Two Homesteaders Collaborate On Weather, Part 1


| 2/12/2014 9:30:00 AM


Tags: remote living, weather, Bruce McElmurray, Colorado, Ed Essex, Washington,

When mountain homesteading remotely the weather tends to be a major player in your lifestyle with its ever present changes and has to be considered a major factor in the life of a mountain homesteader. The following is a collaborative effort by Ed Essex and Bruce McElmurray who both homestead in the mountains but with several states between them. They both answered eight questions on how weather effects their lives.

Ed's houseEd and Laurie Essex

Ed and Laurie Essex moved to the Okanogan Highlands in Eastern Washington State while in their late fifties. Their 40 acre homestead consists of half open space with green grass and sage brush and the other half forested with pine, fir, and tamarack trees. The elevation is 4,200 feet. Their three-mile-long access road to the property is dirt and includes a 1000-foot vertical climb. The nearest small town is 20 miles away and anything larger with more services is 50 miles from the homestead.

They currently have 2 horses, 3 Angora goats, 11 chickens, 2 cats, and an Anatolian Shepherd livestock guardian dog. They spend their time maintaining the property, wood cutting, taking care of animals, gardening and they both work at their website business: www.goodideasforlife.com or www.offgridworks.com.

The homestead consists of a 1,400 square-foot home, a 1,300 square-foot barn, and a few smaller outbuildings including the chicken coop. They are completely off grid. They utilize a septic system, water comes from a 300-foot deep well, and power is solar with a backup generator.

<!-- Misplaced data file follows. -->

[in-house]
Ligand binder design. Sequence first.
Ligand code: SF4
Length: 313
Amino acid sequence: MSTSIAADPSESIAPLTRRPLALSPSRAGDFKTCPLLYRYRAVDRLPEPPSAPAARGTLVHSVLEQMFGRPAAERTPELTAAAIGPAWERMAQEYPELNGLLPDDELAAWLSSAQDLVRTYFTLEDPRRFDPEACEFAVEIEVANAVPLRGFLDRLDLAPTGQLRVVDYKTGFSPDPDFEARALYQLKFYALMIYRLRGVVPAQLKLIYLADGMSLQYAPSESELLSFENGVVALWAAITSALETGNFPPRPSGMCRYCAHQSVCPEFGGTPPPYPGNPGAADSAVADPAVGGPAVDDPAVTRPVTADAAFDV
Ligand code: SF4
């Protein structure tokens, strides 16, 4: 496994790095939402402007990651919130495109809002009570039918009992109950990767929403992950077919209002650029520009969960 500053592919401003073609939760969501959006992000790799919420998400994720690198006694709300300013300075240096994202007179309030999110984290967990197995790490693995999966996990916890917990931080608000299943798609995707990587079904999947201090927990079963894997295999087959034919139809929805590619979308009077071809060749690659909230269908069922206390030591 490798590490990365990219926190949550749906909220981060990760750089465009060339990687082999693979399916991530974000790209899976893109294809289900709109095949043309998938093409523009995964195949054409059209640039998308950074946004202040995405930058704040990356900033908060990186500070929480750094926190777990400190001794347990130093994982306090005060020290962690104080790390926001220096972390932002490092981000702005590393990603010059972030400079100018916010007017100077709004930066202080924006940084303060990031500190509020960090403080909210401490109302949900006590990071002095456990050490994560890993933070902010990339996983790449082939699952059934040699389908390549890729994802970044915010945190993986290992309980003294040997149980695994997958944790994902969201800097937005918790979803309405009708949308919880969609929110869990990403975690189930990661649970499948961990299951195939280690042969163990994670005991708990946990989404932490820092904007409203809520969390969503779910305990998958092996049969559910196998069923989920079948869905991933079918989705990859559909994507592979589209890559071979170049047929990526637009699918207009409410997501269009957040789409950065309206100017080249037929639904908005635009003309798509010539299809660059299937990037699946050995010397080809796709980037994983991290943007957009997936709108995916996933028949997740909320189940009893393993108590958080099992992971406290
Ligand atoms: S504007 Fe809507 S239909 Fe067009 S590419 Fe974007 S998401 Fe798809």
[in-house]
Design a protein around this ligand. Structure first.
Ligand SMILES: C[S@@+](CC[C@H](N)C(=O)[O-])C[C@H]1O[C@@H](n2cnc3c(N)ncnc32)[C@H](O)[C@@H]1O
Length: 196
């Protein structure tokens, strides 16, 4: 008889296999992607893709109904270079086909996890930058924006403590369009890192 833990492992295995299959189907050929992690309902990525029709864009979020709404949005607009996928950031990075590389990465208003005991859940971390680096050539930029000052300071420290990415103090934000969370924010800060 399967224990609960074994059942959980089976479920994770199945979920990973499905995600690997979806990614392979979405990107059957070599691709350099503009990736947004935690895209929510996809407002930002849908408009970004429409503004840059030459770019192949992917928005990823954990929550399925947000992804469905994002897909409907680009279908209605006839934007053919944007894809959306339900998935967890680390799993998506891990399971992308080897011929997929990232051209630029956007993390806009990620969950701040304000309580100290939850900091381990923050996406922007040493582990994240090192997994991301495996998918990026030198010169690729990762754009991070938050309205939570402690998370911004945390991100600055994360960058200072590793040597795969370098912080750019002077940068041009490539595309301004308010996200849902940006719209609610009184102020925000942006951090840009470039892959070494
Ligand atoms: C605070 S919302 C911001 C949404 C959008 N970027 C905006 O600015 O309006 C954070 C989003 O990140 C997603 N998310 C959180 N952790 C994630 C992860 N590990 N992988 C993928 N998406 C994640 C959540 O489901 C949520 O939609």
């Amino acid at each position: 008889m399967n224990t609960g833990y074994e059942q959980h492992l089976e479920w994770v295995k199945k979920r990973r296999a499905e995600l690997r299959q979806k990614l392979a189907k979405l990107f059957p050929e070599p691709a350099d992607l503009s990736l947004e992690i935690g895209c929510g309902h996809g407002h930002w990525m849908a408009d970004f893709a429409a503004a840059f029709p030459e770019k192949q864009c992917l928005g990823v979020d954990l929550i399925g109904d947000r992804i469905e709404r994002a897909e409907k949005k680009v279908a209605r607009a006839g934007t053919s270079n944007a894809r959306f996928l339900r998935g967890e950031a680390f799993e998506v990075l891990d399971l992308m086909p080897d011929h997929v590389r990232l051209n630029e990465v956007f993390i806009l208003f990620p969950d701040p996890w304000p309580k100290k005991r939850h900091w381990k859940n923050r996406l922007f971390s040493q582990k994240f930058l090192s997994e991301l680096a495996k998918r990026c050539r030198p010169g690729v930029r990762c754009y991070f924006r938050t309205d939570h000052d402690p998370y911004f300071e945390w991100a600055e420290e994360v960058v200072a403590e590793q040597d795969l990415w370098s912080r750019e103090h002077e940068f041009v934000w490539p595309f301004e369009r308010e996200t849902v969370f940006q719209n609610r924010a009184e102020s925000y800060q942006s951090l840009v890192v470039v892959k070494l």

Bruce and Carol McElmurrayMcElmurray

Bruce and Carol live in S. Colorado near the small town of Ft. Garland. They moved to their mountain location on 11 acres, 9,750 feet in elevation, in 1997. Their property is heavily wooded with two springs that that flow all year long. They live within a gated/covenant community of land owners and as such are not allowed to have live stock or fowl. It would be risky trying to maintain those animals anyway with the wild animals such as bear, coyotes, bobcat, lynx, wolves and mountain lions presence.

They live in their 900 square-foot cabin and have a woodshed and detached garage. They heat our cabin with a Yotul wood stove and a small space heater. they are on the grid for electricity and have a 215’ deep well that provides them pure and tasty drinking water. The association of land owners does dirt road maintenance and snow removal and we have over 4,500 acres set aside for recreation. Both Bruce and Carol are retired but work harder at being retired than when they held salaried jobs. They live in their cabin with their three German Shepherd Dogs, Bozwell, Sarah and Echo.




dairy goat

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